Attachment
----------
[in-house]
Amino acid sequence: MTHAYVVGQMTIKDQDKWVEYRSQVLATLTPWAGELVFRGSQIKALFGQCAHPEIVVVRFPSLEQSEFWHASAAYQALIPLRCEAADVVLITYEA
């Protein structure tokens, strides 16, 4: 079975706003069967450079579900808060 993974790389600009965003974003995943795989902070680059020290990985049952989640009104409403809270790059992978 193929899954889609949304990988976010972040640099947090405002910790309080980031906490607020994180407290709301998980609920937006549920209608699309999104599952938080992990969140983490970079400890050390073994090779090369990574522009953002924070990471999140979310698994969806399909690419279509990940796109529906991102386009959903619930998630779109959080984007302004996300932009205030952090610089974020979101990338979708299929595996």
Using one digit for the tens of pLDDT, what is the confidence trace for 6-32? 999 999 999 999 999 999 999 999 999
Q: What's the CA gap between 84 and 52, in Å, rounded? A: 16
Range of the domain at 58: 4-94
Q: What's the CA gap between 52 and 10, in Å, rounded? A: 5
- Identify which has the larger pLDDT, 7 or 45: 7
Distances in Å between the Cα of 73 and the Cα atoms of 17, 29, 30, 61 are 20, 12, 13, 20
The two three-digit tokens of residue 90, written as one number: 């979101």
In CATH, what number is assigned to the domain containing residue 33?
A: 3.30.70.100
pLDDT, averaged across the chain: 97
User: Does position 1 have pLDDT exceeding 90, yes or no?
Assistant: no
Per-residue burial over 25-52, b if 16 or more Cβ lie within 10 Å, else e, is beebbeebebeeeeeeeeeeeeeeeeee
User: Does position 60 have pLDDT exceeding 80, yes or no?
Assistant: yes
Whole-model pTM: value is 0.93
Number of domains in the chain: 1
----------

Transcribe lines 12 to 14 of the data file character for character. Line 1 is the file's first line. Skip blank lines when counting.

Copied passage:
A: 3.30.70.100
pLDDT, averaged across the chain: 97
User: Does position 1 have pLDDT exceeding 90, yes or no?